“War on Christians” in China

John L. Allen Jr., one of the most esteemed reporters on the Catholic Church, recently wrote “A reminder from China that the ‘War on Christians’ is truly global.” However, Mr. Allen was unable to provide the most basic details of the alleged persecution, and seems rather puzzled about it himself. But that did not stop him from proclaiming, “China is a danger zone for Christians.”


The basic charge seems to be that 60 people have applied to the Czech Republic for political asylum claiming that China is persecuting them for being Christian. Mr. Allen notes, “Chinese press reports tried to cast doubt on whether the asylum-seekers really are believers, suggesting they’re simply illegal immigrants using religion as a pretext.” At present, there is no evidence to the contrary. But rather than wait for some evidence, Mr. Allen proceeds to write about a number of unrelated cases. But these are also suspicious, some seeming to stem from the Cultural Revolution.

The lede involves China’s alleged removal of crosses from the roofs of 4,000 churches. This is a rather bizarre way to persecute Christians, and suggests some type of building code violation. While it may be a form of religious harassment, Mr. Allen fails to make the case.

China is quite capable of real religious persecution, rather than mere symbolic acts, as shown by its relations with Tibetan Buddhists, Uighur Muslims, and Falun Gong. Even in these cases, there are two sides to the story. If China wanted to persecute Christians, there would be far more than a handful of alleged cases. Mr. Allen says there are 111 million Christians currently in China, with an additional 10,000 converting every day. His alleged persecutions total far less than 100. If China were really a danger zone for Christians, far more than a tiny fraction of one percent of Christians would be affected. Nor is there any indication that Christian literature, media, or social media is being affected, as is commonly the case when China targets some entity.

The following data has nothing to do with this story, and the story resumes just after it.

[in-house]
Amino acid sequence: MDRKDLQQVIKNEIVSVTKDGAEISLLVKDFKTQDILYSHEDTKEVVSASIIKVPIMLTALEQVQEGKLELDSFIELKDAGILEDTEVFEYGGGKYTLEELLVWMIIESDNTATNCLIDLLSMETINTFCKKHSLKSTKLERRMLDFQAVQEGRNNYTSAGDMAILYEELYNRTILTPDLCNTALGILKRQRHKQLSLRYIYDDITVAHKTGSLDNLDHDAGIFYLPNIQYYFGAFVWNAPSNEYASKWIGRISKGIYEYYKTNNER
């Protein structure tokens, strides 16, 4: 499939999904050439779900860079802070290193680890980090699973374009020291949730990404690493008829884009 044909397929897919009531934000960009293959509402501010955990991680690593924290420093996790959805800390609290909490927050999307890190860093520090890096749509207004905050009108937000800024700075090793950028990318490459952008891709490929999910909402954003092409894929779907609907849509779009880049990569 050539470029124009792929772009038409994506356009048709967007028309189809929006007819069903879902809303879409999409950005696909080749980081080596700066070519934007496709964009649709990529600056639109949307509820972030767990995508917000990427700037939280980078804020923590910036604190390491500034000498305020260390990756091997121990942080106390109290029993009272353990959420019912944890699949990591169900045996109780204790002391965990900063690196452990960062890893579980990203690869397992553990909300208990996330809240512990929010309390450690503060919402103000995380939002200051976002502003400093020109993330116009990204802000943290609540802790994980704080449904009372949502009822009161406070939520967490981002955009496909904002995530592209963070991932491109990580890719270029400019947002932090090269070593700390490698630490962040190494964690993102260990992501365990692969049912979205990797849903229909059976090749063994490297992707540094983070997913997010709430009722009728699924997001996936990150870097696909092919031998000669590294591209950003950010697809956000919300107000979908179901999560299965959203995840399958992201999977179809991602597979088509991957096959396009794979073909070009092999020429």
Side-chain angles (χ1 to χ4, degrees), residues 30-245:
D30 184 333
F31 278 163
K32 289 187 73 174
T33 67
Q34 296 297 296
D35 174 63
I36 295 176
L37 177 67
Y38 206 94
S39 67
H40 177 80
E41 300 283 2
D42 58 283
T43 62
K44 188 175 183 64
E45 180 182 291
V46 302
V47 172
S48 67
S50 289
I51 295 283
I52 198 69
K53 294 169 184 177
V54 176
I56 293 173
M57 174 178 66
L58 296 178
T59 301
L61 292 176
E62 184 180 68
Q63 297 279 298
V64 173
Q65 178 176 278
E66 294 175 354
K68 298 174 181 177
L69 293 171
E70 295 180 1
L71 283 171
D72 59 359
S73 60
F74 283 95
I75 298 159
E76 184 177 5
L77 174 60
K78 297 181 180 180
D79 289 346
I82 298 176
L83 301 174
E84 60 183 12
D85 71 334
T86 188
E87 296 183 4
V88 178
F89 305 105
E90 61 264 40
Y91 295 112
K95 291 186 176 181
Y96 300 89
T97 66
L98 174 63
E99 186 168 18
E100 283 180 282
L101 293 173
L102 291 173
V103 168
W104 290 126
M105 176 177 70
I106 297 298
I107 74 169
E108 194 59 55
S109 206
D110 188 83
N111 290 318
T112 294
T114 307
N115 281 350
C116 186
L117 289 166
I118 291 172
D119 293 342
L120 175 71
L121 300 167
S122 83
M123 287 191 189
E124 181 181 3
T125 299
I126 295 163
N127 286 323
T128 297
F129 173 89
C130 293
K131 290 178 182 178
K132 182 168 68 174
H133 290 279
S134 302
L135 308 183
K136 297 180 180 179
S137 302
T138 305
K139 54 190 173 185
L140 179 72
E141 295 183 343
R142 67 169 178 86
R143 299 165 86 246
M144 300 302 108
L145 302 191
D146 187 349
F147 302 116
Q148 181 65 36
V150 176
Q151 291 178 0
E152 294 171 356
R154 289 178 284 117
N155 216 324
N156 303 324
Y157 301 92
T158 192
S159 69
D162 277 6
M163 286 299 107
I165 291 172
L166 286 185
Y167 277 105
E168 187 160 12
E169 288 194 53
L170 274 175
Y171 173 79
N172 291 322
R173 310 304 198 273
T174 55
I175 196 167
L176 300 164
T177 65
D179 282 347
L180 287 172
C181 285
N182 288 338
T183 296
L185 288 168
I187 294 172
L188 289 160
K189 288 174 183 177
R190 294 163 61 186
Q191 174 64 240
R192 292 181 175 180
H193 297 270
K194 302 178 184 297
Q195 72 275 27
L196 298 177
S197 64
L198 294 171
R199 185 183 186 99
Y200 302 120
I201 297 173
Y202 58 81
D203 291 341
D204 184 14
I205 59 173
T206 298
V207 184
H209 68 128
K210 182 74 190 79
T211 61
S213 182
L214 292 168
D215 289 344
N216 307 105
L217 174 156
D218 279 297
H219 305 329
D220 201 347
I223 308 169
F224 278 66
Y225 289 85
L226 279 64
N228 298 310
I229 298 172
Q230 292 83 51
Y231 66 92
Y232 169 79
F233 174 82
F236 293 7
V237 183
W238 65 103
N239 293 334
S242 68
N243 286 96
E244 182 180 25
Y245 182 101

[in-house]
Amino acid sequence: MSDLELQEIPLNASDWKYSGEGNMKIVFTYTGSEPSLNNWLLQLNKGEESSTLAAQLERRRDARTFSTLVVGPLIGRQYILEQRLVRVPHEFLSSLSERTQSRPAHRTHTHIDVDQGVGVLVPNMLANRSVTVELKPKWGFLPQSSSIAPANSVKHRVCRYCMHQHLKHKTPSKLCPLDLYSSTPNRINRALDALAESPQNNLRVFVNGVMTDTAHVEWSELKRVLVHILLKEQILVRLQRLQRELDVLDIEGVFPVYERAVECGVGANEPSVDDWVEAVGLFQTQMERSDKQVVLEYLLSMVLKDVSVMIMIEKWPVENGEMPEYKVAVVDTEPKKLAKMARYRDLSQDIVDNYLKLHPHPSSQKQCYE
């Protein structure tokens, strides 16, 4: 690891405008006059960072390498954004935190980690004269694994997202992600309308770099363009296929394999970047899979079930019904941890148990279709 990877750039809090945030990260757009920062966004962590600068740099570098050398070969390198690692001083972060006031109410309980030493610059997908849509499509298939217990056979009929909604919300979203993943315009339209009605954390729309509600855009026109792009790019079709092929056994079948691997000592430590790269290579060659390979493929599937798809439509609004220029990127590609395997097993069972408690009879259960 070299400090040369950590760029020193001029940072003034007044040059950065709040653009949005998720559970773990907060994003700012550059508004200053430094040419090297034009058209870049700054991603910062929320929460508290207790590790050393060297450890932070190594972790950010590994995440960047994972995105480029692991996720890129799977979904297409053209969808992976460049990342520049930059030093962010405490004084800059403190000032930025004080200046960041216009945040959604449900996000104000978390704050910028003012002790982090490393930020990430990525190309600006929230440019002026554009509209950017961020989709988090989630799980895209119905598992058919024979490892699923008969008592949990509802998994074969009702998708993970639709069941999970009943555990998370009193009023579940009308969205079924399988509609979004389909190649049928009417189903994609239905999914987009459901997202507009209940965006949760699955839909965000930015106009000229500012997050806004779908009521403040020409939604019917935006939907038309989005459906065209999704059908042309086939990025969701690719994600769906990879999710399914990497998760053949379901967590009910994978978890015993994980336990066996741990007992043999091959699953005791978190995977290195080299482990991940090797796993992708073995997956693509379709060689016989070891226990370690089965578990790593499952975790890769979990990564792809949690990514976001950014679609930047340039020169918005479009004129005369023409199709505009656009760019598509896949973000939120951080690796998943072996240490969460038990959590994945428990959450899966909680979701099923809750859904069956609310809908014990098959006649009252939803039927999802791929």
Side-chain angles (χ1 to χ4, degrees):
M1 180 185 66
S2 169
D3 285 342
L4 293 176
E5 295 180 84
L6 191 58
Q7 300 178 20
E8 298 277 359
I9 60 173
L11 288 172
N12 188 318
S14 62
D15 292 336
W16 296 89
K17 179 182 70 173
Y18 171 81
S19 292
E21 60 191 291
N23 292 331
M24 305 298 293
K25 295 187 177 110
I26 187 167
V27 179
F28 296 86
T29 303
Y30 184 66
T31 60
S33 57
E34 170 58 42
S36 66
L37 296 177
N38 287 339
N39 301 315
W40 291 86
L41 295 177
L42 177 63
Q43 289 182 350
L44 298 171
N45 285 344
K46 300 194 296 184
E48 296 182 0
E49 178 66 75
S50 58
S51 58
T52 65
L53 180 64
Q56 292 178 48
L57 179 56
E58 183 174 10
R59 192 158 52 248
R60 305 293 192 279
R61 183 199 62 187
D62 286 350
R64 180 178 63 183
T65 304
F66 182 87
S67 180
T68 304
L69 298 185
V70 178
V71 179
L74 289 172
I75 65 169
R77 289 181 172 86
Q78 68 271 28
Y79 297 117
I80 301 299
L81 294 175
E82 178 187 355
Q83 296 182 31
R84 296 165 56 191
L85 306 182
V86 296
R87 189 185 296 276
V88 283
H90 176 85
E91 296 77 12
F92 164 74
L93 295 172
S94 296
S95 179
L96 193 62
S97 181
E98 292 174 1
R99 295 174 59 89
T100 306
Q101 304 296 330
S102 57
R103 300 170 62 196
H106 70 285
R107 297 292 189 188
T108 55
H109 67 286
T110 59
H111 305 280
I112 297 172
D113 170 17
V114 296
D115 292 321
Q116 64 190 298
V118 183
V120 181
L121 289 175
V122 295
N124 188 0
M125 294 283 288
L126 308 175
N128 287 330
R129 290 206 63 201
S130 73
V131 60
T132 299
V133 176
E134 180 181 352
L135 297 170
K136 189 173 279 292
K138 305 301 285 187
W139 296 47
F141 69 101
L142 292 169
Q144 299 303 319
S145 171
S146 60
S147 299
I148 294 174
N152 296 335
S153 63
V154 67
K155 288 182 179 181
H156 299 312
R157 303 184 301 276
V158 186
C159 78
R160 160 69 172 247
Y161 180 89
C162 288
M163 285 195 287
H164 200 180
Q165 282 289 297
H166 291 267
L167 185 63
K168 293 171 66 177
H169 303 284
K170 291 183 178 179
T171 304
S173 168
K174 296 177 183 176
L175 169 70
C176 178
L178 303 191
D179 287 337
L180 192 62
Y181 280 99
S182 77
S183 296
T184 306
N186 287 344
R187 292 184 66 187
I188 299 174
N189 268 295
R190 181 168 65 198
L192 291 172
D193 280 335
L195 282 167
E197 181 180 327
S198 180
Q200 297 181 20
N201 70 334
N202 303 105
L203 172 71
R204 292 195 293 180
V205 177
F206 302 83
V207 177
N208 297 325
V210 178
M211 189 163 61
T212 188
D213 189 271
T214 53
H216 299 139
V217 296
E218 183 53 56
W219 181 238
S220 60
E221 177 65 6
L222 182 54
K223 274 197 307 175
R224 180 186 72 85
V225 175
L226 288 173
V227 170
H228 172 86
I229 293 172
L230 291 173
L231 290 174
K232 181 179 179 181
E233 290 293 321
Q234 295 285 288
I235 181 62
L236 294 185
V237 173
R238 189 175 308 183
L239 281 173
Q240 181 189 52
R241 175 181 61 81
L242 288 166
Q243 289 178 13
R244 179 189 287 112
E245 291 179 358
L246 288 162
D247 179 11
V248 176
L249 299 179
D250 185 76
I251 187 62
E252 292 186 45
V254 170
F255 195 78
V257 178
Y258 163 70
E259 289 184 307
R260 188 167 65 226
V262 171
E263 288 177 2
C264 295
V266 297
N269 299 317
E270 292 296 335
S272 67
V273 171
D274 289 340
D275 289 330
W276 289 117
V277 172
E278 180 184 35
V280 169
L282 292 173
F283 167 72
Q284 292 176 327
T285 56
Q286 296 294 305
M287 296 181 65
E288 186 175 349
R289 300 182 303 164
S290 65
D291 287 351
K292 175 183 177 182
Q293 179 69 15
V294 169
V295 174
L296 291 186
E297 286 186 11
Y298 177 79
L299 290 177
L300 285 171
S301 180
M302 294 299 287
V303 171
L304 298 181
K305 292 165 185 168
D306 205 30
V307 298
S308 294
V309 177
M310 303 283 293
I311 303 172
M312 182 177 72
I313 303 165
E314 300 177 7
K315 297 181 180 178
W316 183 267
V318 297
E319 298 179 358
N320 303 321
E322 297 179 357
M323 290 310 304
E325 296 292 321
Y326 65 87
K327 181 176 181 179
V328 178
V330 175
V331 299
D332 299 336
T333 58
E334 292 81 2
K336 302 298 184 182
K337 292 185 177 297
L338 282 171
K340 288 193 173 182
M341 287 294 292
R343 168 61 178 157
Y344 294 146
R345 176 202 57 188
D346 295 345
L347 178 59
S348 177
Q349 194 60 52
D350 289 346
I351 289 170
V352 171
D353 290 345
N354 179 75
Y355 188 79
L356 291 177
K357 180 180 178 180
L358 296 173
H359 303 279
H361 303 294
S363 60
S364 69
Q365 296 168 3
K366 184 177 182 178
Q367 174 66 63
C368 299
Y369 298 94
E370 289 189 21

Christians have had a martyr complex for nearly two thousand years. Tertullian, one of the Church fathers, said “the blood of the martyrs is the seed of the Church.” Preaching that thousands of Christians chose martyrdom rather than give up their beliefs was a major selling point. But historians have shown that the vast majority of these claims were fraudulent. Romans did not persecute people for worshipping Jesus (until Diocletian, who mainly destroyed books and buildings). Some Christians were punished for disrespecting local gods, thus threatening the welfare of that locality. But the total of all such cases was still a very small fraction of Christian boasts of martyrdom. Mr. Allen seems intent on maintaining this Christian tradition with his pale yellow journalism.

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